Federal

Spellings to Listen, But Not Retreat, on NCLB

By Lynn Olson — February 04, 2005 3 min read

U.S. Secretary of Education Margaret Spellings said today that there “is room to maneuver” through the administrative process in carrying out the No Child Left Behind Act. But, she cautioned, “I don’t want people to think that No Child Left Behind is up for grabs. It’s not.”

See Also

Ms. Spellings, who took office Jan. 20, emphasized in a Feb. 4 interview with Education Week that there are some “bright-line pieces of this statute that are nonnegotiable.” One of those, she said, is annual testing in grades 3-8, which she called “integral to the implementation of everything.”

President Bush’s administration has given a lot of time and resources to help states put the tests in place, she said, “so don’t be coming down here and telling me you haven’t done it.”

Despite many calls to amend the law in Congress, Ms. Spellings also expressed no desire to go that route. “I hope that the Department of Education will be the first place that people seek a solution,” she said. But she maintained that refinements and modifications could be done through administrative actions “without running to the Congress and asking for a statutory change.”

At the same time, the secretary made it clear that states shouldn’t expect waivers from the law under her watch. She argued that before the Bush administration took office in 2001, “it was ‘waiver city,’ and I think people got, maybe, a little complacent.”

Many states had failed to comply with all the provisions under the 1994 reauthorization of the Elementary and Secondary Education Act. The No Child Left Behind law is the current version of the ESEA.

“There is room to maneuver through the administrative process without waivers,” Ms. Spellings said, noting that in some areas the administration has already done that. “But this ‘waive everything’—no. That’s a slippery slope.”

Overall, Ms. Spellings said she is glad that much of the conversation has turned to technical refinements of the law. “I think we’ve rounded the corner,” she said. “I think people think that this law is here to stay.”

Qualified Teachers

At least when it comes to ensuring a “highly qualified” teacher in every classroom, the Education Department last week seemed to signal that there could be some additional leeway for states.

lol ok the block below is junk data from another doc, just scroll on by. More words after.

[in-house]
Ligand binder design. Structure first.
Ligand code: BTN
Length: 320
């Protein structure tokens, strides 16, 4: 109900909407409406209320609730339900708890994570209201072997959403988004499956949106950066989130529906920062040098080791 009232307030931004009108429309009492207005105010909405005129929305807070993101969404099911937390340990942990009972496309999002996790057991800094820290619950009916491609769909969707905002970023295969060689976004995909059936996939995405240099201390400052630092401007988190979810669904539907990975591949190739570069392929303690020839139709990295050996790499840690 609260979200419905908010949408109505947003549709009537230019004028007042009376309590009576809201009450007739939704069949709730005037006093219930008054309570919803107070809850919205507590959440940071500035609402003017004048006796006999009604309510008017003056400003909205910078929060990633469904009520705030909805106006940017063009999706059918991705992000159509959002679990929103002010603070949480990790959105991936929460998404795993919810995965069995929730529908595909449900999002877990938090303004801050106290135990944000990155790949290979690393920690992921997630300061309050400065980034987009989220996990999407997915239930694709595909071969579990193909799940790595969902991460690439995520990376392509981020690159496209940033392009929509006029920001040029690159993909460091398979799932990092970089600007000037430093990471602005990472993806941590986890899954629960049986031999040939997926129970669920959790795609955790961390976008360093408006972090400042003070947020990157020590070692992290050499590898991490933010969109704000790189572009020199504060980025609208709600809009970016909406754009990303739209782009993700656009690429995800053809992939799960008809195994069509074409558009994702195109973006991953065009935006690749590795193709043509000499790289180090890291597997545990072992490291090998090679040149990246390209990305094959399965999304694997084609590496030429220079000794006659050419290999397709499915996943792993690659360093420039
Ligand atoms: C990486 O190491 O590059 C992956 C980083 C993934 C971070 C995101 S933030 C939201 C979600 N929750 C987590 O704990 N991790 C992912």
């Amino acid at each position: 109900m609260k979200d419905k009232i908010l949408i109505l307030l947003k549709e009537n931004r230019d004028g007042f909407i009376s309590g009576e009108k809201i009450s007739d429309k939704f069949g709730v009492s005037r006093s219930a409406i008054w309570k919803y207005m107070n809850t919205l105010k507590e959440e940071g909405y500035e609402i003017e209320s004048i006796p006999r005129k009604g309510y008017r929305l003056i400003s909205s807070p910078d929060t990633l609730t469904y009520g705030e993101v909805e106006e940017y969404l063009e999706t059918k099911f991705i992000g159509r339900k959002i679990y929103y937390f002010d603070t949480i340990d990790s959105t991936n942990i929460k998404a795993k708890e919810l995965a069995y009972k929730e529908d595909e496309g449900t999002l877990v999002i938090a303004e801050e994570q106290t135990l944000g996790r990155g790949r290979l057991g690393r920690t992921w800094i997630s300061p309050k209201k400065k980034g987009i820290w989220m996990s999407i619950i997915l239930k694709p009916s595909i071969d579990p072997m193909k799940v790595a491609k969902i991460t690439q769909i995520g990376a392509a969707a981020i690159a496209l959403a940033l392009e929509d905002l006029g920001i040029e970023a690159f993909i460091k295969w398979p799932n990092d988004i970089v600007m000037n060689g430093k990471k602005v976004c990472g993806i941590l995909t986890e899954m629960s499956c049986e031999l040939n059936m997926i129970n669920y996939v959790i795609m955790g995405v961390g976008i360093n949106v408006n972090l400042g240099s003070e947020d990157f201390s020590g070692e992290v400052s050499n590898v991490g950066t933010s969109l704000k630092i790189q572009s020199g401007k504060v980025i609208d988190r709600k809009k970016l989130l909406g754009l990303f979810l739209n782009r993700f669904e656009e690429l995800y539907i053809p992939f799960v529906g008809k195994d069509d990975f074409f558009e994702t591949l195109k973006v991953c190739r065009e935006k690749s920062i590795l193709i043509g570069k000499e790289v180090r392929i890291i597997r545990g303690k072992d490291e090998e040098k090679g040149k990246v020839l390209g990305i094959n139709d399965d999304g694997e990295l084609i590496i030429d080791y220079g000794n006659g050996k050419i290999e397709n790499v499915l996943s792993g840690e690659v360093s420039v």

After extended negotiations between the agency and North Dakota officials, the two sides agreed that veteran elementary teachers in that state will be able to meet the law’s “highly qualified teacher” provisions if they have an elementary education major and are fully licensed.

“I wouldn’t characterize it as a reversal by any stretch,” Ms. Spellings said. She noted that the state now has a “high, objective, uniform state standard of evaluation,” or HOUSSE, which it had lacked previously.

Under the law, teachers already in the classroom can demonstrate that they are highly qualified either by having a major or passing a test in their subject, or by meeting alternative standards developed by each state based on broad federal guidelines. Studies have shown those standards vary widely across states.

North Dakota officials justified to the department that the state requirements for an elementary education major include more than 40 hours of coursework in the core academic subjects, sufficient to demonstrate subject-matter competency.

Ms. Spellings said she needed to review state plans for meeting the highly-qualified-teacher provisions of the law before she could respond to criticisms.

“I just got here,” she noted.

The secretary declined to provide many specifics about President Bush’s high school proposals, beyond what has been released thus far. The president has proposed greater accountability for high schools, in part through expanded testing, as well as additional supports and interventions for students performing below grade level.

“Basically, we believe that the same sound principles that undergird No Child Left Behind in grades 3-8 ought to be extended in the high schools,” the secretary said, “and that includes regular measurement and reporting that data in a disaggregated way.”

One issue is that since most high schools do not receive federal Title I money, they would not, as the law is currently written, be subject to the consequences spelled out in the act, such as the requirement to provide school choice and supplemental services.

Ms. Spellings said, “These are the things we’re going to negotiate with the Congress, obviously.”

She noted that many governors are starting to talk about “high school proficiency and readiness [for work and college] and completion in their own states.”